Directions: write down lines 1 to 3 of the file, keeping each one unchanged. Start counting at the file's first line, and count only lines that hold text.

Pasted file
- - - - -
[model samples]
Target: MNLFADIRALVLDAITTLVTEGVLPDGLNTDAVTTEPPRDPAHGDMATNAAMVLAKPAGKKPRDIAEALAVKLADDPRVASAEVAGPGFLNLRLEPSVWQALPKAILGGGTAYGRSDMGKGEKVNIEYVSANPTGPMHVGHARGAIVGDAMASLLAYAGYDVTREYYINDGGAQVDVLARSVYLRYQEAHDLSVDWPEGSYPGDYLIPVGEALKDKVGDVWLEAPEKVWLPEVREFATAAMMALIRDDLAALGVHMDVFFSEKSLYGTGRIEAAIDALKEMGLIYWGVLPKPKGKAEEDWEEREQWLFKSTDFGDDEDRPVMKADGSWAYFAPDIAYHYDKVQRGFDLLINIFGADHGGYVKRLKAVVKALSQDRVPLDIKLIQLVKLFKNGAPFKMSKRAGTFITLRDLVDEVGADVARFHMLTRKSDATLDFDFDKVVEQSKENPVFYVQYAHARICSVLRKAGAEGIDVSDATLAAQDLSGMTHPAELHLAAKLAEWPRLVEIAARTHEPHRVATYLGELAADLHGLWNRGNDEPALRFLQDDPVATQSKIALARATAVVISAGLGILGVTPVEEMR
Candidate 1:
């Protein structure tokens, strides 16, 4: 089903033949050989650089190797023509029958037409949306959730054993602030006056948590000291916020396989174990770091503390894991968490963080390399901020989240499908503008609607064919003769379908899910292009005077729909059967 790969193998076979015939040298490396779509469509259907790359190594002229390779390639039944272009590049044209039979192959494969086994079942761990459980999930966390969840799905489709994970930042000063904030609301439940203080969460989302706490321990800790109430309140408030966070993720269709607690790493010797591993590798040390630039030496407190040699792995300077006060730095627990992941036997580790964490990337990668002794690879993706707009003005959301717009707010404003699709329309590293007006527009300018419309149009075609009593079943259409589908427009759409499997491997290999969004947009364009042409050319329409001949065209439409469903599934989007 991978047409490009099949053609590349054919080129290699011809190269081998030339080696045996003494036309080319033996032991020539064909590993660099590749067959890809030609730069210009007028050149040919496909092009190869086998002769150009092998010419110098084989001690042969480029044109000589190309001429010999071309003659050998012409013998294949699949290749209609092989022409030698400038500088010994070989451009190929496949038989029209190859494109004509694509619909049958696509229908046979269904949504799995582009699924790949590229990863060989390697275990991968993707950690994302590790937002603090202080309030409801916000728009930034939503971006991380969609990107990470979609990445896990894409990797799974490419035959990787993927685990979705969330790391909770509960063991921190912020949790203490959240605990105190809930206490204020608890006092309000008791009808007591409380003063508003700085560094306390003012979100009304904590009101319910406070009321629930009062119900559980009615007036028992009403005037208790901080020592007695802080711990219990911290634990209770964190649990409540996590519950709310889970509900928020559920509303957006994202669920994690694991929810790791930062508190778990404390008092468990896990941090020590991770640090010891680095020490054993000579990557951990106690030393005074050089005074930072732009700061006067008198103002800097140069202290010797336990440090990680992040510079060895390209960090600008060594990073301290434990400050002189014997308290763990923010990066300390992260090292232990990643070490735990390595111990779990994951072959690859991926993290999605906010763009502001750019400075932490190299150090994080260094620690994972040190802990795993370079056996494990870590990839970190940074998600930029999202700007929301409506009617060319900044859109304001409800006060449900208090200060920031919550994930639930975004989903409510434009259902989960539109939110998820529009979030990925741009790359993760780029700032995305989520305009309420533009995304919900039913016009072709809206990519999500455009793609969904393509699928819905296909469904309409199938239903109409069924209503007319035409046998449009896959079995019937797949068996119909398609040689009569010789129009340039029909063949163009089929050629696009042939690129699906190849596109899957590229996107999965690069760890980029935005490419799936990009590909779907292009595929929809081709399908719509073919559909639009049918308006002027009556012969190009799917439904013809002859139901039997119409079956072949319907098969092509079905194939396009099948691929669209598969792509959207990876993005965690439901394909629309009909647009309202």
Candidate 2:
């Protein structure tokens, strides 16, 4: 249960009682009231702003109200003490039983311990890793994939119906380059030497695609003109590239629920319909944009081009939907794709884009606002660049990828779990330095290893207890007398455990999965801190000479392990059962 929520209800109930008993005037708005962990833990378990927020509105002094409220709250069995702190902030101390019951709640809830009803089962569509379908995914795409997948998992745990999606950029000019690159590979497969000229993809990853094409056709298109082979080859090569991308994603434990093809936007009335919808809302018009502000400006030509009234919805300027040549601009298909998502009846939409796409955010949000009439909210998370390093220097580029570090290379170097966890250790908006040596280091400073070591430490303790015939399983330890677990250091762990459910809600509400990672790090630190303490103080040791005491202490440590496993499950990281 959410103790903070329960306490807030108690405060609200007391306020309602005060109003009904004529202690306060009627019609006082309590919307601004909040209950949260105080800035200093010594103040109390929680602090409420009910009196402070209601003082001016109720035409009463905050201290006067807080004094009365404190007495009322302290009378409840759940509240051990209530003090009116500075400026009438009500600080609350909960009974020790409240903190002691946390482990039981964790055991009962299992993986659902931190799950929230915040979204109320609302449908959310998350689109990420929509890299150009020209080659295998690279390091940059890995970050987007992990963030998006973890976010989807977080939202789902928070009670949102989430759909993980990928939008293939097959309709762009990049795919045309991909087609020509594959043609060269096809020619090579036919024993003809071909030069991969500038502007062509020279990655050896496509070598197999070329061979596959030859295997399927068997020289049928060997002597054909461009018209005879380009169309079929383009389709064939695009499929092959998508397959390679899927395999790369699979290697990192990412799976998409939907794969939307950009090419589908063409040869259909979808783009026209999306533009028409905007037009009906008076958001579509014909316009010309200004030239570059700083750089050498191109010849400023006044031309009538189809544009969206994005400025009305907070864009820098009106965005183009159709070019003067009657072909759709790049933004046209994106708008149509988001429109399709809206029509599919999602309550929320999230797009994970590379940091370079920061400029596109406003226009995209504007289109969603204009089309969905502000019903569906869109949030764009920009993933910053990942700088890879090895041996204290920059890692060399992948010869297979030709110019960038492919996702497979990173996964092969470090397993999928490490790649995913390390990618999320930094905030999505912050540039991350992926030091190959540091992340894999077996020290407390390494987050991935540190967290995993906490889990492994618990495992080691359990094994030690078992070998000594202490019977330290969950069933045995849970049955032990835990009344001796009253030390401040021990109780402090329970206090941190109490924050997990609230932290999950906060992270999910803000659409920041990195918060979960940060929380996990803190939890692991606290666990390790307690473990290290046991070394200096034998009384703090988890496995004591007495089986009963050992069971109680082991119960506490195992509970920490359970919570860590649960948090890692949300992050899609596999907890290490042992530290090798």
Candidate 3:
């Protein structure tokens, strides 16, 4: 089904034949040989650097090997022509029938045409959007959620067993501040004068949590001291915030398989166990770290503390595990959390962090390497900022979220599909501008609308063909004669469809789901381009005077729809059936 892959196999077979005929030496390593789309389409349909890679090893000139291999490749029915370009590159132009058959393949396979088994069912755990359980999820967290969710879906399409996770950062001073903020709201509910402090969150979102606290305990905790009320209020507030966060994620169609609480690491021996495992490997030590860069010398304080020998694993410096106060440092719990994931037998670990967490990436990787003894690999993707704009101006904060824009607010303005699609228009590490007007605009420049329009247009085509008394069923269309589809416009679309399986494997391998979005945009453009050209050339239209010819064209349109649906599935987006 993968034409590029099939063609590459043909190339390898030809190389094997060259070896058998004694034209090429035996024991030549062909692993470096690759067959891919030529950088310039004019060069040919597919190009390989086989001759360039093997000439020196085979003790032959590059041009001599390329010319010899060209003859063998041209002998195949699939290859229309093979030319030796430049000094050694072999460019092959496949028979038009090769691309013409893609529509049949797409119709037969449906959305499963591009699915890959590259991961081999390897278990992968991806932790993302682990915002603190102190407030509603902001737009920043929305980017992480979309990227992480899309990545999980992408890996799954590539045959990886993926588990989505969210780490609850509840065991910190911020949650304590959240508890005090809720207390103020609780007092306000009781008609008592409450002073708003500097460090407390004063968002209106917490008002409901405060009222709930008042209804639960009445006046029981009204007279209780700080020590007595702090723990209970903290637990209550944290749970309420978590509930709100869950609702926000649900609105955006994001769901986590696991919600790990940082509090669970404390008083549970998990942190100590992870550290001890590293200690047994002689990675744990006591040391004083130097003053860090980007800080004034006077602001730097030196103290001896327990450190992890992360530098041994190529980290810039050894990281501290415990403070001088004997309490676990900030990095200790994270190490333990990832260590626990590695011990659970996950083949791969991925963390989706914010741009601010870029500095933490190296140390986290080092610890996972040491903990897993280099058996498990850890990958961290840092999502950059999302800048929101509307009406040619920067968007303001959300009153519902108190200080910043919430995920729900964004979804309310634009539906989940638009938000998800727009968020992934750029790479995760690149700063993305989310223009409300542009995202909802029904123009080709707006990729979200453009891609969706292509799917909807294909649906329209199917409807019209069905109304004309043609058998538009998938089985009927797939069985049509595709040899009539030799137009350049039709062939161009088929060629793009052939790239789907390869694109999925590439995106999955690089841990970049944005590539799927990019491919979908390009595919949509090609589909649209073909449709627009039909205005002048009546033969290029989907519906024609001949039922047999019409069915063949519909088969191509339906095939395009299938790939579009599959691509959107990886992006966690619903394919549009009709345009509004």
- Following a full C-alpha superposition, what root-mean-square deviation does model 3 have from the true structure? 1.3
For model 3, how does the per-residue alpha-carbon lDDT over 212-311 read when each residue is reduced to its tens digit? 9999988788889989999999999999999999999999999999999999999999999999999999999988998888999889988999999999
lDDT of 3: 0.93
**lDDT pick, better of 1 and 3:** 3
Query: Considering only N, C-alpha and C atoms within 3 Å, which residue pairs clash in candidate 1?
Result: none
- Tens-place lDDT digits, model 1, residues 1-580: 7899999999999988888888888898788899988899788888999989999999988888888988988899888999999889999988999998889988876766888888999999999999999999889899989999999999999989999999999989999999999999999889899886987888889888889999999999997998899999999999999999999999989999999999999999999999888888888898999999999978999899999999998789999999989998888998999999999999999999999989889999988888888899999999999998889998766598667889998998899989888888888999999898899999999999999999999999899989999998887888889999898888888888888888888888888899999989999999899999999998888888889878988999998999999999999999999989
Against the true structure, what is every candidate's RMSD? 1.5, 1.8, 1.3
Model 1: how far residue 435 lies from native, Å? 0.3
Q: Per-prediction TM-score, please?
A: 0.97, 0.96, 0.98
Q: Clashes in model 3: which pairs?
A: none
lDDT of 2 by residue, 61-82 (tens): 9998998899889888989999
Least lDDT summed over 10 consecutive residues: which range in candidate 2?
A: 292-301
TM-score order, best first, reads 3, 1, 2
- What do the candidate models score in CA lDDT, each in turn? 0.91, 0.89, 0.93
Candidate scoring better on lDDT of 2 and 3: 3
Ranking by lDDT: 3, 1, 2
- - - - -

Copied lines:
[model samples]
Target: MNLFADIRALVLDAITTLVTEGVLPDGLNTDAVTTEPPRDPAHGDMATNAAMVLAKPAGKKPRDIAEALAVKLADDPRVASAEVAGPGFLNLRLEPSVWQALPKAILGGGTAYGRSDMGKGEKVNIEYVSANPTGPMHVGHARGAIVGDAMASLLAYAGYDVTREYYINDGGAQVDVLARSVYLRYQEAHDLSVDWPEGSYPGDYLIPVGEALKDKVGDVWLEAPEKVWLPEVREFATAAMMALIRDDLAALGVHMDVFFSEKSLYGTGRIEAAIDALKEMGLIYWGVLPKPKGKAEEDWEEREQWLFKSTDFGDDEDRPVMKADGSWAYFAPDIAYHYDKVQRGFDLLINIFGADHGGYVKRLKAVVKALSQDRVPLDIKLIQLVKLFKNGAPFKMSKRAGTFITLRDLVDEVGADVARFHMLTRKSDATLDFDFDKVVEQSKENPVFYVQYAHARICSVLRKAGAEGIDVSDATLAAQDLSGMTHPAELHLAAKLAEWPRLVEIAARTHEPHRVATYLGELAADLHGLWNRGNDEPALRFLQDDPVATQSKIALARATAVVISAGLGILGVTPVEEMR
Candidate 1: